In Conjunction with the Peabody Essex Museum exhibition:
Eye Spy, Playing with Perception
June 19, 2010 to May 1, 2011
In this age of digital imaging, we’re comfortable adjusting contrast, tweaking color, or even adding an absent uncle to a family photo. Advertisers also alter or enhance images to get our attention. But what level of alteration is acceptable for the media? Are standards the same for fashion or entertainment magazines as for news outlets? Should they be? How aware are you of our world’s altered realities?
In popular magazines, altering images has become standard practice. To expose the extent of retouching, the women’s-issues blog Jezebel published the before-and-after photos of a Redbook cover featuring musician Faith Hill. Redbook’s editor-in-chief responded, “The retouching we did on Faith Hill’s photo for the July cover of Redbook is completely in line with industry standards.”
Many organizations have criticized the widespread practice of excessive retouching in magazines, raising concerns about setting unreasonable expectations that can lead to self-esteem issues and behavioral disorders. Similar concerns surround advertisements whose altered images create misleading impressions about a product’s effectiveness.
And the pursuit of the “ideal” image isn’t confined to advertising and popular culture. In 2006, news media giant Reuters fired photojournalist Adnan Hajj when it was discovered that he had altered his photos of smoke rising above a bombed city in Lebanon to intensify the effect. Further investigation revealed that this was not the only photograph Hajj had altered, and Reuters ultimately removed all his work from its archives. Hajj is just one example among many.
Why does “a little cosmetic alteration” matter? Not only does this violate established rules of journalistic ethics, but altered images have been shown to affect people’s memories of public events. According to a study by Italian researchers, viewing digitally altered images of protests and rallies can change our perception of the emotions involved, including the size of the crowd and even perceived violence.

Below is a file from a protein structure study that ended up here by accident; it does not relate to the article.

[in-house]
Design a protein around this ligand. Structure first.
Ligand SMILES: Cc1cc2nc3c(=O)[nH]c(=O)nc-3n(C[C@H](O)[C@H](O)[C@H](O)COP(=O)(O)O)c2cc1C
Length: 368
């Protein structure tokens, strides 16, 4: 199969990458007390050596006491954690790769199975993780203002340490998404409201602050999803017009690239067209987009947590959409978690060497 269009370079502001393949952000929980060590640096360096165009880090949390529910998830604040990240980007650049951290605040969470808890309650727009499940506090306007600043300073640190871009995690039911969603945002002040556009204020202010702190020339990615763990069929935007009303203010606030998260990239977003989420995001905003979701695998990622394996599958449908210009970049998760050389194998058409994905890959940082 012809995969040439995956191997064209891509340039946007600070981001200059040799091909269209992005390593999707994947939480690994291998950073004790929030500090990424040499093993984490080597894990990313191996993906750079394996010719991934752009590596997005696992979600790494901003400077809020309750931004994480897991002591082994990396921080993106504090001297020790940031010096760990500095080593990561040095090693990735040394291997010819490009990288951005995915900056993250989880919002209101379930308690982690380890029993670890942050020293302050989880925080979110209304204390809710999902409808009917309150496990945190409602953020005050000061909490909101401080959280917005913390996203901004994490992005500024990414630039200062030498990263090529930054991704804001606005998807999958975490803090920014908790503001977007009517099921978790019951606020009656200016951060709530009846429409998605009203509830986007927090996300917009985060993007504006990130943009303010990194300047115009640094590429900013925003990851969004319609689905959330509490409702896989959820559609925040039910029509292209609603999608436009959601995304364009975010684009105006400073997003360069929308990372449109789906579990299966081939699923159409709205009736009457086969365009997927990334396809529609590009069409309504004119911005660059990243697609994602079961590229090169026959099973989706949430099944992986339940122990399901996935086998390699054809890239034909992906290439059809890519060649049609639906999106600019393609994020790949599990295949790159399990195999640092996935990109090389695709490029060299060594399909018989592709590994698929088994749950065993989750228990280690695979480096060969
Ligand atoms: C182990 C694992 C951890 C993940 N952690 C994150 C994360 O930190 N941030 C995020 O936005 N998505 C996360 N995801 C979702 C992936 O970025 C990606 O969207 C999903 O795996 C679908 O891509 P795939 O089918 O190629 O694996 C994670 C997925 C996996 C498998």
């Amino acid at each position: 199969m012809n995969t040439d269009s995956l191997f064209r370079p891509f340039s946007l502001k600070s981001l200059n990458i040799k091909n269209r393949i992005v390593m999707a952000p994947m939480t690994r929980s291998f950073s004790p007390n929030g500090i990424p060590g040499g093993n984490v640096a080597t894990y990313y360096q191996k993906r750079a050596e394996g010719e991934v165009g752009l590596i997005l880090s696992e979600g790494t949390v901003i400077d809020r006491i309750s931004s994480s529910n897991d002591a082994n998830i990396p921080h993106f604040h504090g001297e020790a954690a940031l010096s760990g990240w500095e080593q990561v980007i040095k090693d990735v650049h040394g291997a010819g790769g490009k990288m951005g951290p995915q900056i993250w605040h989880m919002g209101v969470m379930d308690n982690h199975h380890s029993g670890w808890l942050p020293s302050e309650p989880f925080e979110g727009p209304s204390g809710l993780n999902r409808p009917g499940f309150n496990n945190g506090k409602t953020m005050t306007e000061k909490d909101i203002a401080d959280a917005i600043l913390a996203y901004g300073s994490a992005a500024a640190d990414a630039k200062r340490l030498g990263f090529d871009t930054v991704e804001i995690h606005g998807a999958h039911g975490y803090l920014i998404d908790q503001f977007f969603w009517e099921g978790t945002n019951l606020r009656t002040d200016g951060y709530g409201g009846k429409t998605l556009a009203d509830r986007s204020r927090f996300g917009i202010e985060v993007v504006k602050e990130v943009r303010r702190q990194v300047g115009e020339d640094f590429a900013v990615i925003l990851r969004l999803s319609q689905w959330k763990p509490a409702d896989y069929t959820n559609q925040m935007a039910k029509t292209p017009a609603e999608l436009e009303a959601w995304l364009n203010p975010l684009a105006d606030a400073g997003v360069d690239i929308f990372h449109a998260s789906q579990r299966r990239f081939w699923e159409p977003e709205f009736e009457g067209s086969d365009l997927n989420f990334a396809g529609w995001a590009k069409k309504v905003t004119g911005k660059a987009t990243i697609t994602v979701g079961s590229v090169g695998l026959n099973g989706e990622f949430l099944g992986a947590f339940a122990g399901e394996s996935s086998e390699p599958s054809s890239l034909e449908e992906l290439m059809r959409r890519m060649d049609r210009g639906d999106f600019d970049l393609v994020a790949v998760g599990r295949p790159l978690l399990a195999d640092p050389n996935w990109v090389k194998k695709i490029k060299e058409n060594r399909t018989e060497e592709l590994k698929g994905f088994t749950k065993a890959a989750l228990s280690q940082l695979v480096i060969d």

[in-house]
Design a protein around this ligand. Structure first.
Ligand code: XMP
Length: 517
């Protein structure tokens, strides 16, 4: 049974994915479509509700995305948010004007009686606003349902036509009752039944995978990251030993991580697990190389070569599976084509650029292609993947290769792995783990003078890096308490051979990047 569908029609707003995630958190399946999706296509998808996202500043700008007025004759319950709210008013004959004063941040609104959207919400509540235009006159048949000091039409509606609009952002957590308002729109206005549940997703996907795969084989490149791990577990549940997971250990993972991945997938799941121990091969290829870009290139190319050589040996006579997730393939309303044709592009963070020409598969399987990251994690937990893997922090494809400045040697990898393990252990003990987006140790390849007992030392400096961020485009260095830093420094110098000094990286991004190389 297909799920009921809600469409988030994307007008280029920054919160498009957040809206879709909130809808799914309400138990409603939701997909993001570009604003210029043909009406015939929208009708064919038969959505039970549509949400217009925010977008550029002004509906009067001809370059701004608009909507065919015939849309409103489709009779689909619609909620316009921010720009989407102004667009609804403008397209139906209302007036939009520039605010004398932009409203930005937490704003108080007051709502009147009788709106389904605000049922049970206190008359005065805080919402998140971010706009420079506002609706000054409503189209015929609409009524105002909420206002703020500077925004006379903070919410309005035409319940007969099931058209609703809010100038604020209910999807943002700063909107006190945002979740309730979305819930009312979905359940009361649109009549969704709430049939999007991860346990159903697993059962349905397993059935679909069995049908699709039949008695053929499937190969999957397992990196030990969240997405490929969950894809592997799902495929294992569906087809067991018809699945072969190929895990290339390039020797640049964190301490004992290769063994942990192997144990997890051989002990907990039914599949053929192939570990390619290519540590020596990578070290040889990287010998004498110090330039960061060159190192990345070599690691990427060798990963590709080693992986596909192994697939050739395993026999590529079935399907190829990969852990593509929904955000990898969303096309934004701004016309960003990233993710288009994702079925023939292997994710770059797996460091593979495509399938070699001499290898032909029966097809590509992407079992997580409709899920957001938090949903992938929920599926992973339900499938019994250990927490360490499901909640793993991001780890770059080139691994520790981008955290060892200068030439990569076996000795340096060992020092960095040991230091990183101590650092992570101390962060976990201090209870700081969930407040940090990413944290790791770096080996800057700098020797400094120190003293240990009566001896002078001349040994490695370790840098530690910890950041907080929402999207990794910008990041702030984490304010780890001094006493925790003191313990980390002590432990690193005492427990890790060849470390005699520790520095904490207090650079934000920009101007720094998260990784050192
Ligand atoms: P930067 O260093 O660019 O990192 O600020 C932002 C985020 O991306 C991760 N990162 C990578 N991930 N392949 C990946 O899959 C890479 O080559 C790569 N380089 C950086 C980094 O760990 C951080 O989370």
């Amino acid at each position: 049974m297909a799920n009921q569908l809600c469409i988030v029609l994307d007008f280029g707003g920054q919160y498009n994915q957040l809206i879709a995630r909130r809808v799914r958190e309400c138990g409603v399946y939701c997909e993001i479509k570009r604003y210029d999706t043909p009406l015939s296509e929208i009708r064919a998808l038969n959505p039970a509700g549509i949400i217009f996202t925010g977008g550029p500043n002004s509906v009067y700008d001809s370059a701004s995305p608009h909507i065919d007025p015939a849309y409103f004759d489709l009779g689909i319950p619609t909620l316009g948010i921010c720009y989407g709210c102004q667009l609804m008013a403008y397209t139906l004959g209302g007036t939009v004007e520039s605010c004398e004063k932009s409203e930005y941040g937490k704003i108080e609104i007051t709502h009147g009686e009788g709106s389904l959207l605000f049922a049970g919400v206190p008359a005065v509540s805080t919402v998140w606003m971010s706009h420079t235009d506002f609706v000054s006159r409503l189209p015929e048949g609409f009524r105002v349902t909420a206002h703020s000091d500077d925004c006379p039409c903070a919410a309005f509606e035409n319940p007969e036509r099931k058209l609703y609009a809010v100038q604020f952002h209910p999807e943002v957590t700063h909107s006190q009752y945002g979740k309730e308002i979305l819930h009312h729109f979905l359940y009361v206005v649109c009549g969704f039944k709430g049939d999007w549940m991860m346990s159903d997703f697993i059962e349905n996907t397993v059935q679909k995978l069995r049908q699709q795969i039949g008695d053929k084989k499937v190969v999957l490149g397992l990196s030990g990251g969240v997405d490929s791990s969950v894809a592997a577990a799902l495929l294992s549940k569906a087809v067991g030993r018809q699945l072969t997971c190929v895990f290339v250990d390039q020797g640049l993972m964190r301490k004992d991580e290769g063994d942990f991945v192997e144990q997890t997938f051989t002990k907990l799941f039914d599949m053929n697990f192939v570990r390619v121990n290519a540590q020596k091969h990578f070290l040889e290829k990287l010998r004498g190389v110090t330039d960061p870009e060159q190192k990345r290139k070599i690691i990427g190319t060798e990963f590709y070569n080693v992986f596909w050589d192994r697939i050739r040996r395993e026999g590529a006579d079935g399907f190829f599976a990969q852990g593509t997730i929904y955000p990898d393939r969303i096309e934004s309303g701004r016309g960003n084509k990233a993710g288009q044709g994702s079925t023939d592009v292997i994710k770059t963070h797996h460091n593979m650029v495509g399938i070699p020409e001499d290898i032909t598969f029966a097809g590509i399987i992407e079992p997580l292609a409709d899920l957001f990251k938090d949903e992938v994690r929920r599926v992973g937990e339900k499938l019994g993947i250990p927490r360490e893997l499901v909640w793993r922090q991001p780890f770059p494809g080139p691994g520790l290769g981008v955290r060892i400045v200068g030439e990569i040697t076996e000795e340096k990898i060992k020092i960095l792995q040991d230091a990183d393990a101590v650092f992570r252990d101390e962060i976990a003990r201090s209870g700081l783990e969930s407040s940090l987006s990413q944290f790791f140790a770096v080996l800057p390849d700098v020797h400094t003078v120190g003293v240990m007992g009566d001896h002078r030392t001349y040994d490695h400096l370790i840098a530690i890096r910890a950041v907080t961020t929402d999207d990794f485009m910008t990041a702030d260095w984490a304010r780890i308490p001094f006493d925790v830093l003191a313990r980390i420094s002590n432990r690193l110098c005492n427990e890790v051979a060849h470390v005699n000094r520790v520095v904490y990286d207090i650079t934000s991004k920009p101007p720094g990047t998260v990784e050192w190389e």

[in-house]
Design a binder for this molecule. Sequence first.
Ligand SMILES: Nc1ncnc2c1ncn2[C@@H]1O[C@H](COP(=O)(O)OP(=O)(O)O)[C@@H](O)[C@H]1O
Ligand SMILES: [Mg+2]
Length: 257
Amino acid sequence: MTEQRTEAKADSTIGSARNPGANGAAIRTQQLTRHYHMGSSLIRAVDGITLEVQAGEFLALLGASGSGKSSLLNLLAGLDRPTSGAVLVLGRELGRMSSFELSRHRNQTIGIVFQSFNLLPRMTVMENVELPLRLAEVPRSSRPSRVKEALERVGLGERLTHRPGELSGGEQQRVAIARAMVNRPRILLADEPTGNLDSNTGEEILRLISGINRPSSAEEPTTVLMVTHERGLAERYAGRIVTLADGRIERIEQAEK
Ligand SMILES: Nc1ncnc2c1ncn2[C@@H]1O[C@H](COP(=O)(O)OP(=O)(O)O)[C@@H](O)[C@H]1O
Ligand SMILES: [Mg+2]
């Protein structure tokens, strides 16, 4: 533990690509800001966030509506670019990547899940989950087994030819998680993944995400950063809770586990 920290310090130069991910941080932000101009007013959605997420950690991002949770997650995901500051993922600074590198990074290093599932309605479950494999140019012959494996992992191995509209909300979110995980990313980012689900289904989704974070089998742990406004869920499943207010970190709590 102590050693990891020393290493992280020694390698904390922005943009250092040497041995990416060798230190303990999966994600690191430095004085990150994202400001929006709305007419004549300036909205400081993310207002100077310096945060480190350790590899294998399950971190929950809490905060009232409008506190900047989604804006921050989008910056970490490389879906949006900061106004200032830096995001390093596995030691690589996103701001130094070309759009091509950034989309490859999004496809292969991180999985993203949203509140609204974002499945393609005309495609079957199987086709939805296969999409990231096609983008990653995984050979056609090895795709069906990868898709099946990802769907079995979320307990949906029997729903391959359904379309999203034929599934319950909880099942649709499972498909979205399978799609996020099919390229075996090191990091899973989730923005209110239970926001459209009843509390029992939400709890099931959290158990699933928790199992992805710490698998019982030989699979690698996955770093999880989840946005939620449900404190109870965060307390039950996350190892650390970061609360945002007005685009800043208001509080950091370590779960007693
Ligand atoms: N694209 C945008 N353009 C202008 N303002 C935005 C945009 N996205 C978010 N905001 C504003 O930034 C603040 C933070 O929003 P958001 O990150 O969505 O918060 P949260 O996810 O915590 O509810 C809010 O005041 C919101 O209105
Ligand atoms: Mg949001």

Blatant or subtle, examples of “altered reality” abound in today’s culture, so it’s important to become media savvy! Below are resources to help develop a critical media eye and to raise awareness in children about image manipulation in the media at large.
Dove: Evolution Watch the dramatic transformation of an ordinary woman into a billboard model through use of make-up and digital manipulation.
Digital Forensics: 5 Ways to Spot a Fake Photo from Scientific American Tips for analyzing photos for evidence of manipulation.
American Photography: A Century of Images from PBS A short essay on ‘Digital Truth’ examining the historical record of photo tampering and the possible ramifications for justice and memory.
This step-by-step site uses a fake magazine cover featuring a 14-year-old girl to show
the impact of retouching.
Get an ‘ad-ucational’ look at who creates ads, how, and why through this video-game
Don’t Buy It! Get Media Smart from PBS Kids
Explores advertising tricks and techniques across many themes, including food, clothing, and entertainment, with “behind-the-scenes” elements and interactives.
Carmon, Irin. “Losing Faith.” WWD 17 Jul 2007: n. pag. Web. 10 Jun 2010.
Moe. “Here’s Our Winner! ‘Redbook’ Shatters Our ‘Faith’ In Well, Not Publishing, But Maybe God.” Jezebel 16 Jul 2007: n. pag. Web. 10 Jun 2010.
“Picture editors shocked by doctored Reuters photos.” Press Gazette: Journalism Today
11 Aug 2006: n. pag. Web. 10 Jun 2010.
University of California – Irvine. “Memory Can Be Manipulated By Photos.” ScienceDaily
21 November 2007. 10 June 2010 <http://www.sciencedaily.com